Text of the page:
October is breast cancer awareness month!
Breast Cancer is the second leading cause of cancer death in the US and all women have a 1 in 8 lifetime risk of developing breast cancer. Although may seem quite scary, in reality there is some good news regarding this disease. Currently, the 5 year survival in localized breast cancer is 98%; in contrast, in the 1940’s only 72% of women diagnosed with breast cancer survived 5 years. Early detection has been one major factor in achieving this remarkably better prognosis.
As early detection is so important, it is vital that women understand what is available to help in finding breast cancer in its earliest stage.
First: Be aware of your own breasts! Women should be aware of how their own breast normally look and feel and should report and changes to their doctor as soon as possible.
Some things to look for and pay attention to:
- A lump in the breast
- Dimpling of the breast
- Skin changes, including unusual redness or tenderness
- Spontaneous nipple discharge
Annual clinical breast exams by your doctor are recommended for every woman over the age of 40 and at least every 1-3 years for women age 20-39.
Mammograms are recommended every year for women over the age of 40; in some very isolated instances they could be spaced out to every 2 years, but not for a woman in her 40’s, when mammograms are most effective in the very earliest detection of breast cancer.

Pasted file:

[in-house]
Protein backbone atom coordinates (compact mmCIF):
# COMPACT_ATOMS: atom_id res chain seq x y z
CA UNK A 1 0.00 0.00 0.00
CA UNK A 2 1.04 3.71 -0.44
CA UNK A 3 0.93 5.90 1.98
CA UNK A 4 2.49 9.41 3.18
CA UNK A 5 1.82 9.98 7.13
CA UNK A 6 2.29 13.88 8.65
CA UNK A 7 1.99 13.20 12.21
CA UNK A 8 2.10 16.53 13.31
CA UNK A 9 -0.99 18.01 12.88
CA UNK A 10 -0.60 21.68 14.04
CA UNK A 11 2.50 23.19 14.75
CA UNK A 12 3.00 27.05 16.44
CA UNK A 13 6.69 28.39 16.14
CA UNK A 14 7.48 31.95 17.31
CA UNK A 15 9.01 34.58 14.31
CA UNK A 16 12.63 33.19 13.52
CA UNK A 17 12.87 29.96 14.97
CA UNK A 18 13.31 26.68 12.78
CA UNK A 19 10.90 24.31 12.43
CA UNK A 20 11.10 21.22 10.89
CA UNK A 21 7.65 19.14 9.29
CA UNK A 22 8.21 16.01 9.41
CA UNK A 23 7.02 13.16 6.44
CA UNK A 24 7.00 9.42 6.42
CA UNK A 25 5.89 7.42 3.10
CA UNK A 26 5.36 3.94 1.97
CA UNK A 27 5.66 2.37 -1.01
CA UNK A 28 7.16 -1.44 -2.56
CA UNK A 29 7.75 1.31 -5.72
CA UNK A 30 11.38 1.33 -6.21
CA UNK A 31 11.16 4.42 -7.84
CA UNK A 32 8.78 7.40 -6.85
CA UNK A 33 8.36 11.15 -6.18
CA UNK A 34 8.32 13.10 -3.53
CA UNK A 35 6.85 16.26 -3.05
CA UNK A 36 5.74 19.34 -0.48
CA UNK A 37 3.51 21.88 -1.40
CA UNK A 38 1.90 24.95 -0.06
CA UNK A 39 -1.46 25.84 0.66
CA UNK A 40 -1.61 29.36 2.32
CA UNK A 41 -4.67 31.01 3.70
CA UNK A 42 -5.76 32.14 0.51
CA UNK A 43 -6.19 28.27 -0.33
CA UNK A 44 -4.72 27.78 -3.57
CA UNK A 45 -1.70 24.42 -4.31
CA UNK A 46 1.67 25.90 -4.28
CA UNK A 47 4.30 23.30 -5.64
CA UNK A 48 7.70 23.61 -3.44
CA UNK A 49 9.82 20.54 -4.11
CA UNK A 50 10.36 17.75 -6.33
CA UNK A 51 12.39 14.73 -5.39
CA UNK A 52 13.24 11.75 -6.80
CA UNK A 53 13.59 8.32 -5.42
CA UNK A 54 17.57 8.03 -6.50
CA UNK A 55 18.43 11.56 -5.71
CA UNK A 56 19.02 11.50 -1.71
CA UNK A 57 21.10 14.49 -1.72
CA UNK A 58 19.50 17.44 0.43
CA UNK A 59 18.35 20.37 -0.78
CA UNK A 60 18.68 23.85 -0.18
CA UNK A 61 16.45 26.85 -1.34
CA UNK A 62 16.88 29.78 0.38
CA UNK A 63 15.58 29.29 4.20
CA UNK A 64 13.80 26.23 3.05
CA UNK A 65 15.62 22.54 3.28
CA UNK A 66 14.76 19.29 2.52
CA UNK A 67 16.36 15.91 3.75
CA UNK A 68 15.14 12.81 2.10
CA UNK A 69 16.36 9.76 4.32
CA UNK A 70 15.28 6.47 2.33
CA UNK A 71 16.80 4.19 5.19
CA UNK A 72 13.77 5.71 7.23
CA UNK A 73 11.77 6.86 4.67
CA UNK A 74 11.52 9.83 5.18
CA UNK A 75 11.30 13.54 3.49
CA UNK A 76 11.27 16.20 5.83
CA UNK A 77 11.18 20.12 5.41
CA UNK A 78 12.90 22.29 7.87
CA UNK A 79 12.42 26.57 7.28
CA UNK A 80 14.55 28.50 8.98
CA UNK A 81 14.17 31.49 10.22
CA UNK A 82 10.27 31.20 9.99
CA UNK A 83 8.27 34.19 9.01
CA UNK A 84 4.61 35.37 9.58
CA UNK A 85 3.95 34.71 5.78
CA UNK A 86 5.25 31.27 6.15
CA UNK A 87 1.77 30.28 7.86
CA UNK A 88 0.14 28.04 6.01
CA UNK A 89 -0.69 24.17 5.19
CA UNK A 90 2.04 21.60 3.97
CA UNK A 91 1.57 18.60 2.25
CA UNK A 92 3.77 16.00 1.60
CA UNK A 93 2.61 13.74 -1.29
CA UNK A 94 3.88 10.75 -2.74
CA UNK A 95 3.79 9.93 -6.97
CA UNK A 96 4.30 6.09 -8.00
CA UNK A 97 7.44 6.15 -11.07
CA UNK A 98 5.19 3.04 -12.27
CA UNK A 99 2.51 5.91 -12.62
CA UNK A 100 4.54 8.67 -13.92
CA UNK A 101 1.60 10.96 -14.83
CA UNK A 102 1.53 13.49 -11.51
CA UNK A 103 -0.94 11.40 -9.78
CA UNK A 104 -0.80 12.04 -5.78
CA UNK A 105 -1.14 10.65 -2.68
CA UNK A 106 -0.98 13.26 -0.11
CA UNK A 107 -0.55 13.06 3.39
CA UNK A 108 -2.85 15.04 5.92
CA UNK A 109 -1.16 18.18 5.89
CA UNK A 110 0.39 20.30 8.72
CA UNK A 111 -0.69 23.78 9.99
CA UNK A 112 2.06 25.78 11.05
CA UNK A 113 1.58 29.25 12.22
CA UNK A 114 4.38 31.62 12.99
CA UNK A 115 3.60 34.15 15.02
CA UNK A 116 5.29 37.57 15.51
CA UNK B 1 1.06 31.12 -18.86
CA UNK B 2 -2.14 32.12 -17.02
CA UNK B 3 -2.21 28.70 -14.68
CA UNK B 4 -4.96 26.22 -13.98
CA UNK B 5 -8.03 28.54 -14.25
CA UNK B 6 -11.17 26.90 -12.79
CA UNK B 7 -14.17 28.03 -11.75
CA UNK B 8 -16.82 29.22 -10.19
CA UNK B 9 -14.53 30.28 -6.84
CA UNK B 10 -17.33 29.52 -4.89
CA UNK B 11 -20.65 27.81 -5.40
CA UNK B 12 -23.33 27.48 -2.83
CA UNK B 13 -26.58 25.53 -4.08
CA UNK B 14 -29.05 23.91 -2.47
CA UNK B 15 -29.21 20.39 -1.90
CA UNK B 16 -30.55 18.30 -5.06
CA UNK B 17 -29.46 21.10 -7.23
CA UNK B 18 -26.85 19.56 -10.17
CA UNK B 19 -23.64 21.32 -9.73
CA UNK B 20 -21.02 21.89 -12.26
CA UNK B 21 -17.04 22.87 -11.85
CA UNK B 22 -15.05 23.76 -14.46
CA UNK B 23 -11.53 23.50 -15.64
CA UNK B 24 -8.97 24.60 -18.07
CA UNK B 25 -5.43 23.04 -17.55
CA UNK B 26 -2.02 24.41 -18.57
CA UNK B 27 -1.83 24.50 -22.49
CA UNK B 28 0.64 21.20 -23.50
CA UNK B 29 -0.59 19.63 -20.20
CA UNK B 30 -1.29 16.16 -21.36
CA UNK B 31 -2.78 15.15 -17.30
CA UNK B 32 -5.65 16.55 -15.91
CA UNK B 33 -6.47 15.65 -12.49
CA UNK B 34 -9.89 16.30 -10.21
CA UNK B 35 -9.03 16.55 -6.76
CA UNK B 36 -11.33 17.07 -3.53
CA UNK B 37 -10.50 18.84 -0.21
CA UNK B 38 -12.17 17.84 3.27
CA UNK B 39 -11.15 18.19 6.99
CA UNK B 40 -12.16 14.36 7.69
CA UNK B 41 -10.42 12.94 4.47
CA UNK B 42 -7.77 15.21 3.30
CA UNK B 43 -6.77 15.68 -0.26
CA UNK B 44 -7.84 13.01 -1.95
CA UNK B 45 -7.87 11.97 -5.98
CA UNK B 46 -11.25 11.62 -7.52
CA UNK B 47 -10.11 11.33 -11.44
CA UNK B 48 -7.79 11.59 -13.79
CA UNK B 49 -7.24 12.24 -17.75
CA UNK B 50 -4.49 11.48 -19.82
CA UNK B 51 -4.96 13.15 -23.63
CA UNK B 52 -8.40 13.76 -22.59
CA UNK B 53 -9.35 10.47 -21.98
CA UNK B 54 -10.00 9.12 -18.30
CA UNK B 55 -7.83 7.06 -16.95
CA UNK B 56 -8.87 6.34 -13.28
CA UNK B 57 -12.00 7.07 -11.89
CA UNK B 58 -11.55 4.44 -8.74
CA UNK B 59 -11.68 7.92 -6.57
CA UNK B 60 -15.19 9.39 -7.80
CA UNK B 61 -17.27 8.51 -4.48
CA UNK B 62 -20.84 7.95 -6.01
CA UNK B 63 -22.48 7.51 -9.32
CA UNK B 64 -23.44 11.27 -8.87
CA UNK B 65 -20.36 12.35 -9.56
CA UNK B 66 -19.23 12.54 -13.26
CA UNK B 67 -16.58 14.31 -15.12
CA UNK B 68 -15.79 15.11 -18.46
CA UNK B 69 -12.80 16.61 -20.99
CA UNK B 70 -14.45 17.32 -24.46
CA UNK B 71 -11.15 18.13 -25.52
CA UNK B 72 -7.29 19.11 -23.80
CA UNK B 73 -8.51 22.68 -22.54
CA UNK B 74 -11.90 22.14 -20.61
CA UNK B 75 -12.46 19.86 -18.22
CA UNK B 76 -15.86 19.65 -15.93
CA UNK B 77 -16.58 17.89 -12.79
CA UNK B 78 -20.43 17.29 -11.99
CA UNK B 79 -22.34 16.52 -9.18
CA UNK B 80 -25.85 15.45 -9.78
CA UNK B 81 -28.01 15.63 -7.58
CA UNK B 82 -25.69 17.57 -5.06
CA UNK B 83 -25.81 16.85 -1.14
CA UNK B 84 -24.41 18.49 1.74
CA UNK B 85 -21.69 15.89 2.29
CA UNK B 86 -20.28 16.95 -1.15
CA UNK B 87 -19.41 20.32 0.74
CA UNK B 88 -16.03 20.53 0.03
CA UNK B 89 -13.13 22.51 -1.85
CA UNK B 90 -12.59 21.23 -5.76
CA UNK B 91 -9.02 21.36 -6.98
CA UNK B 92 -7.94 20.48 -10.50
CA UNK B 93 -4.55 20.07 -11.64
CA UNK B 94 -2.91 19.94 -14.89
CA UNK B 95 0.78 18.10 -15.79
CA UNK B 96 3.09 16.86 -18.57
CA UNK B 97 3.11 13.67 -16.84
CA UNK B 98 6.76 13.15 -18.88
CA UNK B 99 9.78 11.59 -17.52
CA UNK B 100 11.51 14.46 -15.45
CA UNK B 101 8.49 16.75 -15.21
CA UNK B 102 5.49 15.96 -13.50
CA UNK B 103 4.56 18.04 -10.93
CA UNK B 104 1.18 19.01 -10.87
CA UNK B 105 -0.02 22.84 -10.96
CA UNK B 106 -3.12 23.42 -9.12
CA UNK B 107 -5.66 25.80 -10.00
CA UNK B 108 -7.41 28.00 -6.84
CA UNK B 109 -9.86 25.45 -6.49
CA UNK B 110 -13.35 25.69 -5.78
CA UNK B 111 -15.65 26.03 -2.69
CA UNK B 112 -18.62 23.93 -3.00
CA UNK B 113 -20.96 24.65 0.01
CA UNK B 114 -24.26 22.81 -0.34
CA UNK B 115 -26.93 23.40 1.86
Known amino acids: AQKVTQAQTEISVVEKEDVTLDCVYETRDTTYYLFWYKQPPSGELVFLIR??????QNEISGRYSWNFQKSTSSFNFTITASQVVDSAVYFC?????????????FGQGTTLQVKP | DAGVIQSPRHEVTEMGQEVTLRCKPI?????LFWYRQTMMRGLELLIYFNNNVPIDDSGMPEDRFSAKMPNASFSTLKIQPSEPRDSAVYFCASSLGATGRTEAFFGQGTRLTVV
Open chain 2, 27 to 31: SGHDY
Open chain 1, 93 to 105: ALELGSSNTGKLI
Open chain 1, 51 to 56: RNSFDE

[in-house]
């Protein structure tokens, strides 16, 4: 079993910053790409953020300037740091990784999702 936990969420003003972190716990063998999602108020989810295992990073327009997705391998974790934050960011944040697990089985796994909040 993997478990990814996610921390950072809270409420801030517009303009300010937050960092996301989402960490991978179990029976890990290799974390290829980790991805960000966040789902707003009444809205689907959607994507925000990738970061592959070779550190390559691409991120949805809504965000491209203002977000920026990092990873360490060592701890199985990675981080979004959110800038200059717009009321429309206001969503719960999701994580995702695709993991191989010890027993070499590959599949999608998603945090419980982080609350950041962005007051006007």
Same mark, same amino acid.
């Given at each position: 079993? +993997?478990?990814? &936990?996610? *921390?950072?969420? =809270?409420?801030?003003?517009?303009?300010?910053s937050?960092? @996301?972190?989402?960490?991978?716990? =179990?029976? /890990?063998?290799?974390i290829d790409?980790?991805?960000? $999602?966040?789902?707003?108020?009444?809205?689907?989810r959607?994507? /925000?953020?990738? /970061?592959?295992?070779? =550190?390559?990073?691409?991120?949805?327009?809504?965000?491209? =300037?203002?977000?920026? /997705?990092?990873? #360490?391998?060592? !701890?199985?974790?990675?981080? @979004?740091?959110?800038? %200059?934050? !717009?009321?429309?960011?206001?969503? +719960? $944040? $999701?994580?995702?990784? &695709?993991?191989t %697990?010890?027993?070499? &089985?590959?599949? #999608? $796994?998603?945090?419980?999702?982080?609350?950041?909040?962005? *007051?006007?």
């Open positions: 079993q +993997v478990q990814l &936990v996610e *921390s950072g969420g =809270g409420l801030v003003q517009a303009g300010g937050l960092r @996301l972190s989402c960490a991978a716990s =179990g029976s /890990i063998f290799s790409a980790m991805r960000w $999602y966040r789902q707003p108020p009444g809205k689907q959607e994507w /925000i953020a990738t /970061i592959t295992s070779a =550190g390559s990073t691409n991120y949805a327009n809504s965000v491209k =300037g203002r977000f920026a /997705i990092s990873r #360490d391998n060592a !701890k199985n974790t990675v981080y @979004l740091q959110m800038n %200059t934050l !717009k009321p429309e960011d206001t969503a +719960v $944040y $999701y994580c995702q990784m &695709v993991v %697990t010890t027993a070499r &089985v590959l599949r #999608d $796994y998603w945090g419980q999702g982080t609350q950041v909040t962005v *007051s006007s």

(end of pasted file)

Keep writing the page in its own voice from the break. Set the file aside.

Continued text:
Other imaging modalities are sometimes used such as breast ultrasound and/or MRI if the mammogram is abnormal. However, the only way to actually diagnose breast cancer is by a biopsy.
Although a 1 in 8 risk is certainly high enough, there are some women who are at an even higher risk. These are women who have a strong family history of breast cancer, especially if they have a mother, sister or daughter affected. These women may carry a gene that significantly increases their risk not only for breast cancer, but also for ovarian cancer. These are the BRAC 1 & 2 genes. The BRAC 1 and BRAC 2 genes can be screened for with either a blood test or a mouth wash test. Women’s Wellness’ strong commitment to women’s health has lead us to now offer counseling and testing for our patients as well as any family members that it is appropriate for. As well as offering the actual test, we can provide recommendations based on the results for additional screening as appropriate as well as other preventative measures to lower your risk for developing breast and/or ovarian cancer.
Other than women with a family history of breast cancer with or without the BRAC gene, there are other groups of women who are at higher risk;
- Age over 65. Incidence of breast cancer increases as women age.
- Puberty before the age of 12 or menopause after the age of 55
- Women who have never had a child
- Women who had their first child after the age of 30
- Ethnic: Black women have a higher rate of premenopausal breast cancer
There is good news however: there are some things that you can do to prevent breast cancer.
- Exercise regularly
- Control your weight (this can be very challenging as women enter menopause!)
- Eat a balanced and nutritional diet. There are some specific nutritional strategies that Chelsea, our nutritional counselor, is very able to help with.
- Limit alcohol intake. Consuming greater that 4 alcoholic beverages a week (on average) has been shown to increase the risk of breast cancer. Yes even “red wine”.
- See your doctor annually
- If you are in the highest risk group, ask your doctor about medications that can either decrease or increase your risk of developing breast cancer.
Remember, being well informed and aware is the best defense!